Professional aid workers are total sissies and complainers. Frankly, they are just plain lucky to have jobs at which they all become fabulously wealthy while traipsing around the most exotic parts of the planet pretending to “help.” Criticize them relentlessly if they do anything to ensure their own safety and/or comfort. All they really do is “coordinate” and then party. Speculate that if they were really there on behalf of “the people” that “the people” would be able to tell and there would be no need for security staff at aid worker teamhouses or distribution sites. (But be sure to sponge a ride into town in a white NGO Landcruiser when you pitch up in-country without having organized your own transportation.)
Remember that “accountability” and “transparency” really only apply to large, well-known, well-funded INGOs. Any demand for information of any kind from any such large, well-funded INGO that is not immediately accommodated along with a personal note from the CEO and/or in-country response manager is proof that the organization in question is hiding something nefarious. By contrast, “accountability” and “transparency” do not apply to the small organizations that no one’s heard of, to short-term volunteer groups, to celebrities who come to moonlight as aid workers, and (can almost go without saying) never to local NGOs. These groups only want to help and should be left alone, unless you’re planning to highlight how they actually help people while the professionals muck around coordinating (see the first paragraph).
If you can, be sure to pull some hastily thought up stunt to show the inefficiency of the system and the malaise of the established actors. Try to bring a shipping palate full of pharmaceuticals through customs, for example. If you, as a non-registered charity in that country, have to pay import duty, then you’ve got a smoking gun of evidence of at least systemic failure, and possible corruption. Or maybe run your own one-off small distribution without any coordination. Find a random neighborhood where people say they want what you have and then just go there and give your stuff away. Don’t bother verifying anything and for heavens sake don’t share any information with any of the other humanitarian aid organizations in-country. Just do your thing. Publish the account later as evidence that “aid is not getting through to those who need it most.”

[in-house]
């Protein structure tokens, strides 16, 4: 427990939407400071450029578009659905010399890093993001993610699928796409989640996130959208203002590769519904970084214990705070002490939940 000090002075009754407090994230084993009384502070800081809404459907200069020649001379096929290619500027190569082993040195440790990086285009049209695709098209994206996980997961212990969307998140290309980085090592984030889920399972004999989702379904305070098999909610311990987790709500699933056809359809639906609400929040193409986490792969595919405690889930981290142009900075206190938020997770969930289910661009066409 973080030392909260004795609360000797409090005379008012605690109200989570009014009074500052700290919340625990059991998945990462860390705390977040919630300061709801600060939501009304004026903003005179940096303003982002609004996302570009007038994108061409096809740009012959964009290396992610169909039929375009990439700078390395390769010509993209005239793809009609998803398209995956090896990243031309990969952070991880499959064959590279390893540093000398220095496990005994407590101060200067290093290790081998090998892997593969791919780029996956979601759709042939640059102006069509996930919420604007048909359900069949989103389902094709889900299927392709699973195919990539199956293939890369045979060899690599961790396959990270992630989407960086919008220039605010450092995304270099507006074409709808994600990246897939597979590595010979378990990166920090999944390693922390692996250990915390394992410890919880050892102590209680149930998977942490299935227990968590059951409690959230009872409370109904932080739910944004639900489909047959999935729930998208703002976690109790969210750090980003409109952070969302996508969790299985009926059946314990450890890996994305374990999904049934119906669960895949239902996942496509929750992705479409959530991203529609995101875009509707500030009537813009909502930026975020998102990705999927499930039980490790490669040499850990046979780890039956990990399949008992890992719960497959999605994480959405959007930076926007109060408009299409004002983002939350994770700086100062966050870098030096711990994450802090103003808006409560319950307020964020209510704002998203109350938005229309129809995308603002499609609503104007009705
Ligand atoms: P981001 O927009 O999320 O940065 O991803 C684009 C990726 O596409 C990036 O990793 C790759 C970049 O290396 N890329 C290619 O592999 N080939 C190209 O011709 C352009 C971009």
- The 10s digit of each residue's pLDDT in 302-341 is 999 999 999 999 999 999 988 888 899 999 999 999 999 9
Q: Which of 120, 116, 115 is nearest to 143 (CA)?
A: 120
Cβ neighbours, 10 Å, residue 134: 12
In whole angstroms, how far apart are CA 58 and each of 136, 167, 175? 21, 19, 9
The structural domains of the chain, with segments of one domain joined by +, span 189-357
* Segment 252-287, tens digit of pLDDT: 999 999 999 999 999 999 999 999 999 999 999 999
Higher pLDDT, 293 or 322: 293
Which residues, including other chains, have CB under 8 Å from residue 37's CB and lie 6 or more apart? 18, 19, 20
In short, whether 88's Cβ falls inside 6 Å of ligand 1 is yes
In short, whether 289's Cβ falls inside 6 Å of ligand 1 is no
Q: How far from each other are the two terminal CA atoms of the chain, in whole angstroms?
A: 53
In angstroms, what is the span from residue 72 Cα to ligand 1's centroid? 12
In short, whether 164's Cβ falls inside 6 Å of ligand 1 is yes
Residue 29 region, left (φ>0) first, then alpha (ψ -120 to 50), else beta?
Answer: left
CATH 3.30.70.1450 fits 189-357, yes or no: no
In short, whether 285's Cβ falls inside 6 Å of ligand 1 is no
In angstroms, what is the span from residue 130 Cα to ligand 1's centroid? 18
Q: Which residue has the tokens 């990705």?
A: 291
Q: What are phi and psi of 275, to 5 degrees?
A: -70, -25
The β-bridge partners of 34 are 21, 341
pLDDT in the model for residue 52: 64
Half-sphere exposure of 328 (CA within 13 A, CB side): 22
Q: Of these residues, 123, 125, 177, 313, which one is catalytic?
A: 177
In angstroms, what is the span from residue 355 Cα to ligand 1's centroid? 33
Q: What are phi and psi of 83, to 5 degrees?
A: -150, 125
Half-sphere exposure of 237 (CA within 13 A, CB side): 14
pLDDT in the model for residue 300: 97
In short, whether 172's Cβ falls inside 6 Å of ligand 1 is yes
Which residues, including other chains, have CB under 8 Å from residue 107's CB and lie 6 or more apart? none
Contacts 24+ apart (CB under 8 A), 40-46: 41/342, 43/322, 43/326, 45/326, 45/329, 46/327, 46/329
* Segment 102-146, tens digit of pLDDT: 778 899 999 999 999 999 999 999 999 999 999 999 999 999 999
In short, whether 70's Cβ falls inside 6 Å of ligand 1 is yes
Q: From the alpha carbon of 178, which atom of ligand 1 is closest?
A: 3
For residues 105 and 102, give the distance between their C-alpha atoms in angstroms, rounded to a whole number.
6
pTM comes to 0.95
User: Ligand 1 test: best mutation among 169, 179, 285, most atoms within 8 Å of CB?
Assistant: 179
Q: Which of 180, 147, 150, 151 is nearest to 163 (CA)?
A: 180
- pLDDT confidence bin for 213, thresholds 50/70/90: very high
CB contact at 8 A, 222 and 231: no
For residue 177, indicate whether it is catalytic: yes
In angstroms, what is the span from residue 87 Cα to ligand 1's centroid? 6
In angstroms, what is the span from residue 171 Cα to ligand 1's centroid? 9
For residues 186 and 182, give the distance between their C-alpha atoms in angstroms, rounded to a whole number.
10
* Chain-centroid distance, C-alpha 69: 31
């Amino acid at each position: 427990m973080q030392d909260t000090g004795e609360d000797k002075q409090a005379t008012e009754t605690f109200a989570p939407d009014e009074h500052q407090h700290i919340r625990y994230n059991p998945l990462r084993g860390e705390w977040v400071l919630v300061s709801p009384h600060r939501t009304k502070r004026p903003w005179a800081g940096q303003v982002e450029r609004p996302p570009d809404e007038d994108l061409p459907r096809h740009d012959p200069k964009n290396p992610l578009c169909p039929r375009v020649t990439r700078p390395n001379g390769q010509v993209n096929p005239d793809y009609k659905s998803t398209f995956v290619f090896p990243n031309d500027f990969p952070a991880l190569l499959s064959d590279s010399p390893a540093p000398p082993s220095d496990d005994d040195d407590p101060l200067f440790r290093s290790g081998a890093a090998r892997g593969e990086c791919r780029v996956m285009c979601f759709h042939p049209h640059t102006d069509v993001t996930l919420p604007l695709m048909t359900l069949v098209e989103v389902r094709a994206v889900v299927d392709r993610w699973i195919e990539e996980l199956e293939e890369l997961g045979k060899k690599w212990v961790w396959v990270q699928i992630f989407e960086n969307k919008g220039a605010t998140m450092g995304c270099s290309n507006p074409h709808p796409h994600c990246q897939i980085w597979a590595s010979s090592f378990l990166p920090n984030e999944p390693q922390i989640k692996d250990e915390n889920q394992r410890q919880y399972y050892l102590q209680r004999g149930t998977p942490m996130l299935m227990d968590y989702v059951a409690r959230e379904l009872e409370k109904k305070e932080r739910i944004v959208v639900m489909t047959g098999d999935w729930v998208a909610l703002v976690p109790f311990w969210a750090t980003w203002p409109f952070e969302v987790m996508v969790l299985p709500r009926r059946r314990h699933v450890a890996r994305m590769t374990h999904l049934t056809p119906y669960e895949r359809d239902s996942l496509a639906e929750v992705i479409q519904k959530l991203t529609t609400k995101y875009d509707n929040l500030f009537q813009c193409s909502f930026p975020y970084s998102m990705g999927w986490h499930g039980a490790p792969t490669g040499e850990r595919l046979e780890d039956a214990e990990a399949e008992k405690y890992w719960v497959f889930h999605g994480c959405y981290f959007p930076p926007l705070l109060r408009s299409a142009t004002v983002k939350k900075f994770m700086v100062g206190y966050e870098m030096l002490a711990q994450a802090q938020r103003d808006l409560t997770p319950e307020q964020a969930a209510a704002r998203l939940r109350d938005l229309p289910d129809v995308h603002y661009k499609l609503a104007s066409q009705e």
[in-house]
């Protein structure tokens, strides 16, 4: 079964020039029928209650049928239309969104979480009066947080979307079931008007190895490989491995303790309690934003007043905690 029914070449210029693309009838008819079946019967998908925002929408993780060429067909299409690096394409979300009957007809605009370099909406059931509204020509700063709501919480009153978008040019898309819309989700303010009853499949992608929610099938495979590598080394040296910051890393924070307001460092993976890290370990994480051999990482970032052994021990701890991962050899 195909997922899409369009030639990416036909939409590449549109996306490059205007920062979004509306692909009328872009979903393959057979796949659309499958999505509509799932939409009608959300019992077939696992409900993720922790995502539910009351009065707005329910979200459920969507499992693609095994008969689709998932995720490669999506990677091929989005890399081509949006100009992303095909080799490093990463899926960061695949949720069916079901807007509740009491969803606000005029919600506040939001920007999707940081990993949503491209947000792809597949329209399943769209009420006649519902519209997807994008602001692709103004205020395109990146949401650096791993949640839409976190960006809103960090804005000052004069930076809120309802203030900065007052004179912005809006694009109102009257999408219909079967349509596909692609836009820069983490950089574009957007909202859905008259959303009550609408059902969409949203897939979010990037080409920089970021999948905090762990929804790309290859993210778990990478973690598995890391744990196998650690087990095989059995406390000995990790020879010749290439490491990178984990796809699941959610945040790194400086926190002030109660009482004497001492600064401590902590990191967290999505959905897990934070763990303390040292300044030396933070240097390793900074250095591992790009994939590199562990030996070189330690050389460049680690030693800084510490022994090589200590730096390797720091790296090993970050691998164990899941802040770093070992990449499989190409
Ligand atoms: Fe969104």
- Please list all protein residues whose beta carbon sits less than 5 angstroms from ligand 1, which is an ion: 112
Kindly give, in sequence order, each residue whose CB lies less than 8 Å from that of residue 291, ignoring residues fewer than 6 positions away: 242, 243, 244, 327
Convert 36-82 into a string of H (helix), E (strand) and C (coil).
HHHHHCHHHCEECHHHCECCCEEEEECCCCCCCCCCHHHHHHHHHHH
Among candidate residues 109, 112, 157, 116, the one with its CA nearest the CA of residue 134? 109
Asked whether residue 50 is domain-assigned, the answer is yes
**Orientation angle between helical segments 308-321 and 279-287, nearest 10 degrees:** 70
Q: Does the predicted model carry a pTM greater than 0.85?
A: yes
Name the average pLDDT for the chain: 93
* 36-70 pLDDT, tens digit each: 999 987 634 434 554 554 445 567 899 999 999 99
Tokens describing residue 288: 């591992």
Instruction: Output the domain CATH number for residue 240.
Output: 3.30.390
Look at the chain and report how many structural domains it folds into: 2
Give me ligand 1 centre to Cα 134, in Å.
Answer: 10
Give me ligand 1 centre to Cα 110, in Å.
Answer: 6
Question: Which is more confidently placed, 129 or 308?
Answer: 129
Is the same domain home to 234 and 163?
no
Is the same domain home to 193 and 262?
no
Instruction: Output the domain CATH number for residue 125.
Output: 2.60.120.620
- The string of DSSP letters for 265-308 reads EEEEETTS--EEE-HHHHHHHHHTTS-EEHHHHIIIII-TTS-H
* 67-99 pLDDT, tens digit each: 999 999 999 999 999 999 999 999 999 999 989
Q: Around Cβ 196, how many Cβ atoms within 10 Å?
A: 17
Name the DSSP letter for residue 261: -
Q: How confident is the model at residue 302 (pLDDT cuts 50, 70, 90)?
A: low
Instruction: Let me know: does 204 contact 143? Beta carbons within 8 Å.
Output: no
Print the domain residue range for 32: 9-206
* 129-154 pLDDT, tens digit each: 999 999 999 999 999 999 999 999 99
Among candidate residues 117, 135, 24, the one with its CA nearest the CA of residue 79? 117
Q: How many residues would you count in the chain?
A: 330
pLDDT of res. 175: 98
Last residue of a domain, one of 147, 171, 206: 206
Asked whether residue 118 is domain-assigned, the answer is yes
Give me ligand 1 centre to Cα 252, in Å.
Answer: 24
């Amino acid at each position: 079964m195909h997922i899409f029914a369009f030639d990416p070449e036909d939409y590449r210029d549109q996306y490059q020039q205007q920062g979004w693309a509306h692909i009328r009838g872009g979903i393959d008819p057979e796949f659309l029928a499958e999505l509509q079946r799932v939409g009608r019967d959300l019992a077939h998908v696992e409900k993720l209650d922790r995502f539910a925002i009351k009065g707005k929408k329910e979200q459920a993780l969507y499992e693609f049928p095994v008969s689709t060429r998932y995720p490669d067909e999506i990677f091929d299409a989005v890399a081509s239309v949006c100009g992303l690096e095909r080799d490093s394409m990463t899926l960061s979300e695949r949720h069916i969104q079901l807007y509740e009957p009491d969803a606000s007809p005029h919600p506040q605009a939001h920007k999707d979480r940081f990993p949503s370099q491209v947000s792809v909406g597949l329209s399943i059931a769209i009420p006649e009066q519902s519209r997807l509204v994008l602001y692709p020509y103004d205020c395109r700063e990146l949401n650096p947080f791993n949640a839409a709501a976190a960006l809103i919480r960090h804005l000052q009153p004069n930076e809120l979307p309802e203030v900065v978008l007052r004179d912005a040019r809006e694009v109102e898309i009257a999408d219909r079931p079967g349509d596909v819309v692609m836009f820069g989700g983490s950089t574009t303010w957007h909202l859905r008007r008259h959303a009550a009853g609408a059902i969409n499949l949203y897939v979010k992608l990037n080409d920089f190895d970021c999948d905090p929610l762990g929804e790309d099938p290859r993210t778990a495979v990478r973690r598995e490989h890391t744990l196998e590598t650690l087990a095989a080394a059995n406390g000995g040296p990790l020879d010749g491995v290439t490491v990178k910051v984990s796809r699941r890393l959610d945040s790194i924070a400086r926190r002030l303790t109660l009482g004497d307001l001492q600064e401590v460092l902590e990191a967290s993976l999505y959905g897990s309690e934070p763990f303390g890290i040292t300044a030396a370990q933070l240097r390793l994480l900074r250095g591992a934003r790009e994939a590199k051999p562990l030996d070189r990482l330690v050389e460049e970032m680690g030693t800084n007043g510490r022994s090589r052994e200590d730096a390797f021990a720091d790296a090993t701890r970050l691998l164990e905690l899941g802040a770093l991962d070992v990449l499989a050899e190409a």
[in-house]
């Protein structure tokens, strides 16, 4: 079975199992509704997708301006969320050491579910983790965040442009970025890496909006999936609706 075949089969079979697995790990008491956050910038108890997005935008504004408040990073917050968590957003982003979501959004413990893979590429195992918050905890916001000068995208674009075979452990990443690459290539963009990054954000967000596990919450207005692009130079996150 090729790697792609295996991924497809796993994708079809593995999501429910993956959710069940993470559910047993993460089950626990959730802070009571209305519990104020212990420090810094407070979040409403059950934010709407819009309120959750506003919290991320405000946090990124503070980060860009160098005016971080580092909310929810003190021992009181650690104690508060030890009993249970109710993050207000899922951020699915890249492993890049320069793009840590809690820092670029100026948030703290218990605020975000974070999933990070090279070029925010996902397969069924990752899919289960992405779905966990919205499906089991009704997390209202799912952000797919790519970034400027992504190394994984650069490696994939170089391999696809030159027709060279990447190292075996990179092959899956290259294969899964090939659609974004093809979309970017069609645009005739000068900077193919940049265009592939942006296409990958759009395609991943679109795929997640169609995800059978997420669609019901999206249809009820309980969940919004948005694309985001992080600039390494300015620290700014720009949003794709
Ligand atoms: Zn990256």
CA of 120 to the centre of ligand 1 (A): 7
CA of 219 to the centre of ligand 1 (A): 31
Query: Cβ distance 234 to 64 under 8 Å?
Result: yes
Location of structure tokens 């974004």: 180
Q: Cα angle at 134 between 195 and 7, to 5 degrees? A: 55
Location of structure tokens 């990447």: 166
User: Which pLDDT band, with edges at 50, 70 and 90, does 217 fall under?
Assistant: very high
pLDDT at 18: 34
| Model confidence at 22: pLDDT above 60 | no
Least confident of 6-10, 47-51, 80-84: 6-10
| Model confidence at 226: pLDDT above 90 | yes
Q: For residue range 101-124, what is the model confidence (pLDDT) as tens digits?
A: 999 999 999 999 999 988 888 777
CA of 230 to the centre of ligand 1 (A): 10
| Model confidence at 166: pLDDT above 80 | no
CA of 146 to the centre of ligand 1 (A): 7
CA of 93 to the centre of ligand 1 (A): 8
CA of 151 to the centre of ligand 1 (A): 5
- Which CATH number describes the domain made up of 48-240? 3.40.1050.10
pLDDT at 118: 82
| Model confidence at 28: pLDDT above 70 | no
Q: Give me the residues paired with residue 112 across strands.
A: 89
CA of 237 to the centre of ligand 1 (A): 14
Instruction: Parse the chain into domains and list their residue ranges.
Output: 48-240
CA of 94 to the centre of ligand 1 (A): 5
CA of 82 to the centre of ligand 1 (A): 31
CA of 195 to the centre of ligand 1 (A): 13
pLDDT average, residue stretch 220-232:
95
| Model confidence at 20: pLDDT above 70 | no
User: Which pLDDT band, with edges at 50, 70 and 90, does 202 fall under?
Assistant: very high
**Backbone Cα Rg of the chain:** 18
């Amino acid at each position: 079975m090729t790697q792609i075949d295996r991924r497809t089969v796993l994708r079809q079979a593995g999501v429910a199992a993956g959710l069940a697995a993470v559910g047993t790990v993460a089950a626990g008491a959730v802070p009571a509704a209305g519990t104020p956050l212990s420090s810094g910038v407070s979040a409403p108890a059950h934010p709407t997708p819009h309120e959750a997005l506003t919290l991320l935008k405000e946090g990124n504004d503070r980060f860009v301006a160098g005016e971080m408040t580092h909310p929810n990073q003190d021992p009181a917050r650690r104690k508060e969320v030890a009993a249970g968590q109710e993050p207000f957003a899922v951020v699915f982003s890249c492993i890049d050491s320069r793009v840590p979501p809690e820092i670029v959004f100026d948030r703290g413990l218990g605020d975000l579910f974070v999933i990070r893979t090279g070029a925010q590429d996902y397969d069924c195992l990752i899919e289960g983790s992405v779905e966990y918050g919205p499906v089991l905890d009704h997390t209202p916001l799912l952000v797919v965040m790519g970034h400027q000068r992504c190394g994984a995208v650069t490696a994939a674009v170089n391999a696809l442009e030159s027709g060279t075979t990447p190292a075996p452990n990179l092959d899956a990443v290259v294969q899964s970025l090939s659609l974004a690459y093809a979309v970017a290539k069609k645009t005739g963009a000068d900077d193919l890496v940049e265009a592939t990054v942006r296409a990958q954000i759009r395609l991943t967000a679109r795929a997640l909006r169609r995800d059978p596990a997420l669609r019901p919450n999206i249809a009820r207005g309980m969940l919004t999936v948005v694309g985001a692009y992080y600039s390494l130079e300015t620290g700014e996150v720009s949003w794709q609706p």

Focus on what your readers can do to help and feel good at the same time. Don’t let the experts fool you. Sphere standards and “good process” are total wastes of time. What disaster victims really need is more [INSERT ITEM OF CHOICE]. Shoes are an old favorite, of course, as are used clothing and plush toys. Don’t hesitate to accuse NGOs of having unethically high overheads in one paragraph, and then call for individual donations of, say, canned food in the next: Everyone knows that personal donations from well-meaning citizens is an efficient way to leverage badly-needed resources for the relief effort.
Above all, remember that aid is simple, easy and inexpensive. Anyone who tells you otherwise is either being “elitist” or is milking the system for personal gain while babies starve. See above – professional aid workers are hopelessly self-interested. Anyone can do this, really – a group of high school students on spring break, the odd singer or random actor. Hell, even you can do it. The experts just complicate things unnecessarily. Changing the world for the better (and advancing your own career) doesn’t have to be any harder than getting published in the Huffington Post or creating buzz on twitter.